What happens when you take a group of 75 maths, computer science and languages students who have never met before and ask GCHQ to set them a major societal challenge? You get new creative approaches to cyber security! Locked away in the Great North Museum this week, supported by mentors and employers, an interdisciplinary group of Newcastle University students worked intensively over a period of 24 hours to generate, develop and present a range of ideas on how to stay safe online.
published on: 28th November 2014
Creative Exchange focuses on the new knowledge that is generated when academics work with industry. It offers a different take on academia/industry links: knowledge transfer implies that information from academia is given to industry, whereas a knowledge exchange suggests that academics and industry swap information with each other. Dr. Simon Bowen, a research associate working with the Digital Interaction group, at Culture Lab, explained that creative exchange may more accurately describe what is going on in these interactions. The aim is to get people to think about "alternative possibilities" that can lead to new practices and ways of working, he said.
published on: 27th November 2014
A new event, the ‘High Integrity Software Conference’, was run by CSR in Bristol at the end of October 2014, with very positive feedback. The theme – "for people who take software seriously" – was established by two first-class keynote presenters, Martyn Thomas and Harold Thimbleby; there were 12 further presentations and a networking ‘cocktail hour’. Participants totalled 144, with 12 vendors exhibiting. The event website provides more details, and an impression of the conference may be gained from a short video.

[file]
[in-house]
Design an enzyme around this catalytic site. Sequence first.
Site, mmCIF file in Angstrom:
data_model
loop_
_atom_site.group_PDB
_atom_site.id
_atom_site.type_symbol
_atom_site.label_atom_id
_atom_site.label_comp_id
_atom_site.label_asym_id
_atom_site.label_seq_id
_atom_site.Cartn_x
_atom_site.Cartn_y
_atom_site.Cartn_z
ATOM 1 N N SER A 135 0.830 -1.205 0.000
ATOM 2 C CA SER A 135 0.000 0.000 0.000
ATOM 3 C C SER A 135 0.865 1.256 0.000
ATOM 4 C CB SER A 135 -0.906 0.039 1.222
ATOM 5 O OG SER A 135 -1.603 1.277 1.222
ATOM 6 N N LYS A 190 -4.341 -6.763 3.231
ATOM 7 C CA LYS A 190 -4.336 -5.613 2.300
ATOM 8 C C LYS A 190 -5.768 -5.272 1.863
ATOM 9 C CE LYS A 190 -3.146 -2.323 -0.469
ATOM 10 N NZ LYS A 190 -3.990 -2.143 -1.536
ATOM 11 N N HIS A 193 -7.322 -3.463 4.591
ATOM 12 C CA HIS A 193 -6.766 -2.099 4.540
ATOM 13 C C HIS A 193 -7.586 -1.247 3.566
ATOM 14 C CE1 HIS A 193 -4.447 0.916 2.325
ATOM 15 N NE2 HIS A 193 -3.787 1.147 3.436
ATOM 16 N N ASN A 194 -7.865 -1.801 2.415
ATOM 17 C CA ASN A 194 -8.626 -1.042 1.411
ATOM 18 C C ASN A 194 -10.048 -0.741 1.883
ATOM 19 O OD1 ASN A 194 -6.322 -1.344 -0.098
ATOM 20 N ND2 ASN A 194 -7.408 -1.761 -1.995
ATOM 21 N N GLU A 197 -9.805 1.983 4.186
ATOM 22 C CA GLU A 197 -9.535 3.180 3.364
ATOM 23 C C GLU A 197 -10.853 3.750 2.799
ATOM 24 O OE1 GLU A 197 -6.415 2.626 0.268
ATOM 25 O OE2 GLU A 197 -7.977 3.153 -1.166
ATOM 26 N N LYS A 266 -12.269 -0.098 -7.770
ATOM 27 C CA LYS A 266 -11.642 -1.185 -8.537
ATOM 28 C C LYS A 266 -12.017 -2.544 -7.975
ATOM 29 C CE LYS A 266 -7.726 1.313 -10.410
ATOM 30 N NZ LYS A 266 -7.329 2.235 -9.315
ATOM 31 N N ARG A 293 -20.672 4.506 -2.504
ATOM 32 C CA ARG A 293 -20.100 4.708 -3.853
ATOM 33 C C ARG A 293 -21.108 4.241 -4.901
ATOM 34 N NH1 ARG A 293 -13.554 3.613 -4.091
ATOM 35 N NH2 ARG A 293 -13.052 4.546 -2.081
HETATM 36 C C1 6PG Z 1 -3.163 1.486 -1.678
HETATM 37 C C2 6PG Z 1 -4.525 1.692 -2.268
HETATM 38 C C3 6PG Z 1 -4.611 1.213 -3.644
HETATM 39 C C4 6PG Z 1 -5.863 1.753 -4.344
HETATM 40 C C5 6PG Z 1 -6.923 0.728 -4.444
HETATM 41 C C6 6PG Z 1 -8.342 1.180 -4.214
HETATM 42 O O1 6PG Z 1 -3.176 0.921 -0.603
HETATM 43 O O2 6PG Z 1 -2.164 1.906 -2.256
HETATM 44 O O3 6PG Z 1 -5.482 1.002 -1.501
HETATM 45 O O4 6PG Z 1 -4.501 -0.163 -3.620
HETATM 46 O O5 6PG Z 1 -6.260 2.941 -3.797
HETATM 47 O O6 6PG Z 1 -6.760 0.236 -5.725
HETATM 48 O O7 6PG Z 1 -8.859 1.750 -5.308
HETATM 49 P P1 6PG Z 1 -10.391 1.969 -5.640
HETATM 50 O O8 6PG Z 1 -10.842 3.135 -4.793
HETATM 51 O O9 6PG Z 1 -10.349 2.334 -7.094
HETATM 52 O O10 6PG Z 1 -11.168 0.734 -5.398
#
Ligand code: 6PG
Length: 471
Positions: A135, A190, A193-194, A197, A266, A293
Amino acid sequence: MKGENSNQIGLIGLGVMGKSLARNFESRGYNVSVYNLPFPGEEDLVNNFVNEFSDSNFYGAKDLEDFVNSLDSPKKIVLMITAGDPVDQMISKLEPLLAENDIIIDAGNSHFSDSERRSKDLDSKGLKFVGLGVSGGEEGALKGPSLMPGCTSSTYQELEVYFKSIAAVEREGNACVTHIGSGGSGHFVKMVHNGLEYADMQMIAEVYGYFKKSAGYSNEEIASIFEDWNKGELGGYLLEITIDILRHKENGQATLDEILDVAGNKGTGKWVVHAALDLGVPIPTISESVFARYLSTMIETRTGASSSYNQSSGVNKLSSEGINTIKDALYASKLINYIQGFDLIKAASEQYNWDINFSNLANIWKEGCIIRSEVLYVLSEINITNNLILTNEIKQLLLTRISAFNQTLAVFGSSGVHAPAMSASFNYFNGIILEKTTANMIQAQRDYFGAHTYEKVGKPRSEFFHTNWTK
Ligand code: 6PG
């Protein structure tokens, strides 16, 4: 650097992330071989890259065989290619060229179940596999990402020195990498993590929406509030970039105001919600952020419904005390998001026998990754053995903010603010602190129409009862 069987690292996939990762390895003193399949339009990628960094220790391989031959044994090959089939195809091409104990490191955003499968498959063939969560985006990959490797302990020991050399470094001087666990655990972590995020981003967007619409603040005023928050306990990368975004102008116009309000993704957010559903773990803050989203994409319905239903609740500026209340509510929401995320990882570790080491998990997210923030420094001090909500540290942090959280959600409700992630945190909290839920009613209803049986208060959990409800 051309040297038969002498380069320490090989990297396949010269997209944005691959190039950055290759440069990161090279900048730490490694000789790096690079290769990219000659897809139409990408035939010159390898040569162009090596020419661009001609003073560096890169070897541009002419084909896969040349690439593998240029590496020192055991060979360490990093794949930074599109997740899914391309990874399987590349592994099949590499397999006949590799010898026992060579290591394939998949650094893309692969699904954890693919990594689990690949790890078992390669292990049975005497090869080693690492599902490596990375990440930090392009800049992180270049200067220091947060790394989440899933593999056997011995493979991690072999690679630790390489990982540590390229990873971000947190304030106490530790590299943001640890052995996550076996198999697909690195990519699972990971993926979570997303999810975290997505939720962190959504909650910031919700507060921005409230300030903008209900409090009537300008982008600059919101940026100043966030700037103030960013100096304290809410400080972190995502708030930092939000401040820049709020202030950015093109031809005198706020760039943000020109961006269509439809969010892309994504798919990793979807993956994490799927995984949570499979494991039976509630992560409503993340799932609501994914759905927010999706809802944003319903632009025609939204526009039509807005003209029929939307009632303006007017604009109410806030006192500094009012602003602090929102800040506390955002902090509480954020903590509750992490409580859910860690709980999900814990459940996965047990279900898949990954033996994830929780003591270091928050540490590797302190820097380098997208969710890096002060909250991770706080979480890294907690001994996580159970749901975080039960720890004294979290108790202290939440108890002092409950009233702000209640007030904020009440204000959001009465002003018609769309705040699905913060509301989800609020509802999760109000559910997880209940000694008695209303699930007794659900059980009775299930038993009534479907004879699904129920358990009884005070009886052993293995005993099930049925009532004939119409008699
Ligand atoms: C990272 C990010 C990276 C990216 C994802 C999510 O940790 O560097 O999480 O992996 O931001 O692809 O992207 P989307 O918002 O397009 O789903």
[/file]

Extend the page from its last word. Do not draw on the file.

published on: 26th November 2014
This year, the ACTION event was held at the Great North Museum Hancock on Wed 12th Nov. The finalists, four teams of researchers, drawn from all three faculties, have developed commercial solutions to their chosen Ageing challenge following a series of training events. At the Showcase final each team produced a trade stand displaying their business idea together with a prototype, video, model or other visual form of their solution. The competition was judged by an expert panel on both the quality of the team pitch and the strength of their trade stand. Computing Science’s Matias Garcia-Constantino and the SenseWell team won the ACTION 2014 prize. The team is interdisciplinary, consisting of Matias, Katie Griffiths (PhD student at the School of Biomedical Sciences), Stephanie Harrison (PhD student at the Institute of Health and Society), Sinziana Popescu (PhD student at the School of Mechanical and Systems Engineering) and Maria Pregnolato (PhD student at the School of Civil Engineering and Geoscience).
published on: 13th November 2014
On Wednesday 29th October, to celebrate the academic achievement of 1st year undergraduate students from across the University, Jake Burton (BSc Computer Science, Bio-Computing) has obtained one of the prestigious University Endowed Prizes based on his academic achievement during 2013/14. The lunchtime presentation was held at 12.45 in the Bamburgh Room, King’s Road Centre. Certificates were presented to the successful students by the Pro-Vice-Chancellor (Learning and Teaching) and Faculty Undergraduate Deans.
published on: 9th November 2014